Naomi Campbell has claimed Conde Nast are in the process of developing a Vogue Africa magazine.

The 50-year-old has long been championing the publishing house to launch an African edition of the fashion bible, which has 23 international editions, and in an interview with Reuters on Monday, she revealed a plan was in motion.

She said she has had conversations with people at the media company and has “come to understand that Conde Nast are working on bringing a Vogue Africa,” and it was being “looked into to be developed” before the killing of George Floyd by police sparked worldwide Black Lives Matter protests.

Responding to her comments, a spokesperson for Conde Nast told Reuters that it does not comment on future business ventures and is continuously working on the expansion of its brands globally.

The Black Lives Matter protests against racial injustice and inequality have been raging worldwide in recent weeks, causing many companies to examine the diversity in their workplace and vow to do better to have a more inclusive and representative workforce.

In recent weeks, both Conde Nast boss Roger Lynch and artistic director Anna Wintour, also U.S. Vogue’s editor-in-chief, have admitted that the company and magazine have not done enough to promote diversity and inclusivity.

Naomi, who has been in the fashion industry for 34 years, believes the movement will create job opportunities for Black designers, stylists, and make-up artists and products which cater to a wider range of consumers.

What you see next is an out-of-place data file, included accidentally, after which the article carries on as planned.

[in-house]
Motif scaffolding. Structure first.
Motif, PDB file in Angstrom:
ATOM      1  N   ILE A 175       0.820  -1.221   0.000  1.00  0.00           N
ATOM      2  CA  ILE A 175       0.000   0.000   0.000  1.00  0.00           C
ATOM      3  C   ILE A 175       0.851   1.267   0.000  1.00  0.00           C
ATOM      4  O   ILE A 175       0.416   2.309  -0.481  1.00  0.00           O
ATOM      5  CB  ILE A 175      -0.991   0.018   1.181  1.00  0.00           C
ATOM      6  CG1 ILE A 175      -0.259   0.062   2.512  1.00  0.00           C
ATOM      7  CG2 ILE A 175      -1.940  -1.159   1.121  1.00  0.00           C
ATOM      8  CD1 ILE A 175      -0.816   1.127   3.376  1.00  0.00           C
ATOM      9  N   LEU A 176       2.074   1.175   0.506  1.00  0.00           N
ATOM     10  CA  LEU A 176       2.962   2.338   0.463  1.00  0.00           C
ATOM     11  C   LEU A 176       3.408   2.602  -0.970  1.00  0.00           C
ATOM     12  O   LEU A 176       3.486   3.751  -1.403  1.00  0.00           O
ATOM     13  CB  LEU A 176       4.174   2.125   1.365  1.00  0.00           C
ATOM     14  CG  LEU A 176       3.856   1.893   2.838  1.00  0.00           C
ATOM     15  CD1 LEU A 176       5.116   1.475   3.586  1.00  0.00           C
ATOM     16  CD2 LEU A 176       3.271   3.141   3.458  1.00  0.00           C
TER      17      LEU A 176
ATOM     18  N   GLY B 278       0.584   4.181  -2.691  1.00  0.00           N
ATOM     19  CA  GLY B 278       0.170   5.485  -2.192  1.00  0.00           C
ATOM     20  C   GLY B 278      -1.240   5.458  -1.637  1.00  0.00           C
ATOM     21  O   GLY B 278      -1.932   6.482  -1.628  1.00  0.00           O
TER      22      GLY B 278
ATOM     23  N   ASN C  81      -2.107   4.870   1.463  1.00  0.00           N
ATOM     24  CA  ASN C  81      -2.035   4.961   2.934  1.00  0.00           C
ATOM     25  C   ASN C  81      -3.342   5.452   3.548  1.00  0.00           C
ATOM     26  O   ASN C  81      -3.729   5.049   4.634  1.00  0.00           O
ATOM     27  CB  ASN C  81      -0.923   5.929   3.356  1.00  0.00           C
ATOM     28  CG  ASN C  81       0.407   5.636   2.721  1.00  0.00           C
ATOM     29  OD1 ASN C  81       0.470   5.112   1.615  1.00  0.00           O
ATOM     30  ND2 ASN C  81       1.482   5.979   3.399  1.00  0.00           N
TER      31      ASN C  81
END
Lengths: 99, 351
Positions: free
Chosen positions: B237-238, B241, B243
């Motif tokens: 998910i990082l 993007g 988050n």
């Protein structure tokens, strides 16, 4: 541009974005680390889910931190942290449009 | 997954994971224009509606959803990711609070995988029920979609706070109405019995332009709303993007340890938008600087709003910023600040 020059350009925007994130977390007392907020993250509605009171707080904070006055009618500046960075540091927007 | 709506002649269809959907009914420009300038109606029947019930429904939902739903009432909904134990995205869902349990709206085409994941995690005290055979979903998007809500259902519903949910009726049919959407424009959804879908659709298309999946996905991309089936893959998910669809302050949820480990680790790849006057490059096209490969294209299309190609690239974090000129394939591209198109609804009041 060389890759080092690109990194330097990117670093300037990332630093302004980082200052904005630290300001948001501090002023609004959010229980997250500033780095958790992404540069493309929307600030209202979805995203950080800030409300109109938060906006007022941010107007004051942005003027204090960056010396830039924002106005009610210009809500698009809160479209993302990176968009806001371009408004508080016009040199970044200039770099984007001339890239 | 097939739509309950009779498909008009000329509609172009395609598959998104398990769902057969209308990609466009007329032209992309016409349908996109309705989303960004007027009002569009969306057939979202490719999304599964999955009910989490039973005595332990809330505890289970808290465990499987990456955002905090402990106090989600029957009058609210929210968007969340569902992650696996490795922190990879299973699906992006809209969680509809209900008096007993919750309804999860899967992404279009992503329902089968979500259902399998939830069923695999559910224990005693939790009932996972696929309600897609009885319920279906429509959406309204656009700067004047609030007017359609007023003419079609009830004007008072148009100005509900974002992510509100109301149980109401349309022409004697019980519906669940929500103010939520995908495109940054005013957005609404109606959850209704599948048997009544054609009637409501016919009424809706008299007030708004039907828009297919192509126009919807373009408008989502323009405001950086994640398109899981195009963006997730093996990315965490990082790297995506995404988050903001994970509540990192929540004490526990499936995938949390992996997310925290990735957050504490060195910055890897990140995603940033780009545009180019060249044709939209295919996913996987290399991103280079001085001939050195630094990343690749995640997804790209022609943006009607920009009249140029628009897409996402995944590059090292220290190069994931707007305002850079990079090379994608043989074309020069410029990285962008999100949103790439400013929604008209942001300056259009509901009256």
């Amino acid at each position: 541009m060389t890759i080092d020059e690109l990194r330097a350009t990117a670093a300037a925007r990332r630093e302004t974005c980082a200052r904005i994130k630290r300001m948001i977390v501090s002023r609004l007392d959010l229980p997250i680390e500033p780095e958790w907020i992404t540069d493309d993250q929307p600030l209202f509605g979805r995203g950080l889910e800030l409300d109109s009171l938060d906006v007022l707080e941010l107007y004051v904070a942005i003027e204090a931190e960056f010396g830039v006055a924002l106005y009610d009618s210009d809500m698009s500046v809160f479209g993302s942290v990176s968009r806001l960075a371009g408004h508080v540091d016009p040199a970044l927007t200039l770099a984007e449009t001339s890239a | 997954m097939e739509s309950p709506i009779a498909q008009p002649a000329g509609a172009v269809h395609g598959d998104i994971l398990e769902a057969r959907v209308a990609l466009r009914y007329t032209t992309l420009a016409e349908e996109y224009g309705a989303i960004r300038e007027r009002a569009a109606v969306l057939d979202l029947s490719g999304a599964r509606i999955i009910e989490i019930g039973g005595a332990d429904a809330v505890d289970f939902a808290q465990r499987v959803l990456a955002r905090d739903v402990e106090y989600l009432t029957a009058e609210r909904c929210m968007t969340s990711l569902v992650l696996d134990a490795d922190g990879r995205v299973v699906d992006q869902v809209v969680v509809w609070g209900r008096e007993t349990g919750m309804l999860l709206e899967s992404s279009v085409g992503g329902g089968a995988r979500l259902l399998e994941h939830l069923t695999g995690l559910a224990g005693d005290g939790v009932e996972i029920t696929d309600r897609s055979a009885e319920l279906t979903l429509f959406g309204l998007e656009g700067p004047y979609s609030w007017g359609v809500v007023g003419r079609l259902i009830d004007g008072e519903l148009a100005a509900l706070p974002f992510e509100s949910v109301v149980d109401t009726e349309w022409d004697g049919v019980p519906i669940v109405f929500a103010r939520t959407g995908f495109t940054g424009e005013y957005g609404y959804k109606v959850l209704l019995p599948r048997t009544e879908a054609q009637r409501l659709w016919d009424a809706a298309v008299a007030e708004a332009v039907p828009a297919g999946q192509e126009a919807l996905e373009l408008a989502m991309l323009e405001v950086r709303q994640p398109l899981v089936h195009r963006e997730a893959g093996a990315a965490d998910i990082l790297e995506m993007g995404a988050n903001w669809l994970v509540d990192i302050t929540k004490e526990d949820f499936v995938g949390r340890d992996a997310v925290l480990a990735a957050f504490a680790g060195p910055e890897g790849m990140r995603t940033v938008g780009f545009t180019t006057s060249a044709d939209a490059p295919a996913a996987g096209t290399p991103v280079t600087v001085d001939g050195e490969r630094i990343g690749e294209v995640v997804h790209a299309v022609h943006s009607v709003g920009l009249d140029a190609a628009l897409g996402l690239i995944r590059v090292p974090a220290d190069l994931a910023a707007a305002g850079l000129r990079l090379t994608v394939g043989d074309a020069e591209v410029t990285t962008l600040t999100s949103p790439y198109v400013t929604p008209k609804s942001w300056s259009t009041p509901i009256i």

“Now the whole world is on the same page. The voices are coming out now… and I look at that with optimism that we will get our change,” she said.

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Adwoa Aboah refuses to stay silent on stigmatised issues

Adwoa Aboah refuses to “stay silent” because she feels “obligated” to share her personal story with others.The model-and-activist has spoken openly about her experiences through her online organisation Gurls Talk and launched the digital initia…

Adwoa Aboah refuses to “stay silent” because she feels “obligated” to share her personal story with others.

The model-and-activist has spoken openly about her experiences through her online organisation Gurls Talk and launched the digital initiative #CopingTogether last month.

Adwoa, who has worked closely with fashion houses such as Chanel, Dior and Marc Jacobs, hopes the current Black Lives Matter movement will be just the start of change around the world.

“It’s become quite natural to me to speak my truth and talk about subjects that are stigmatised or people find to be taboo,” Adwoa said in an interview with Essence. “I’m not staying silent in general, whether it be talking about mental health or my own story, because I really, truly feel obligated to do it.”

The model hopes #CopingTogether will inspire people to openly discuss what is going on globally at the moment and bring about change for the better.

“I feel ready to make the changes and be part of this new normality. I don’t want to go back to the way it was – in any sense of the word,” she explained.

While Adwoa feels passionately about how she wants to live her life in the wake of the Covid-19 pandemic and the Black Lives Matter movement, she admits to having doubts and insecurities during these challenging times.

“I switch back and forth from me being in quite a negative head space and feeling like I’m not sure what the next steps are,” the model shared when asked how it feels to be a Black creative at the moment, “and knowing what I want and the changes that I want to see made, but feeling quite overwhelmed by the process and the steps that need to be taken for that to happen…

“(The pandemic) has made me look at how you want to live each day. Not that this is kind of a surprise with the revolution and what’s happening, this was part of our daily lives and we were completely aware of it.”

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Munroe Bergdorf wants fashion industry to inspire discussions about society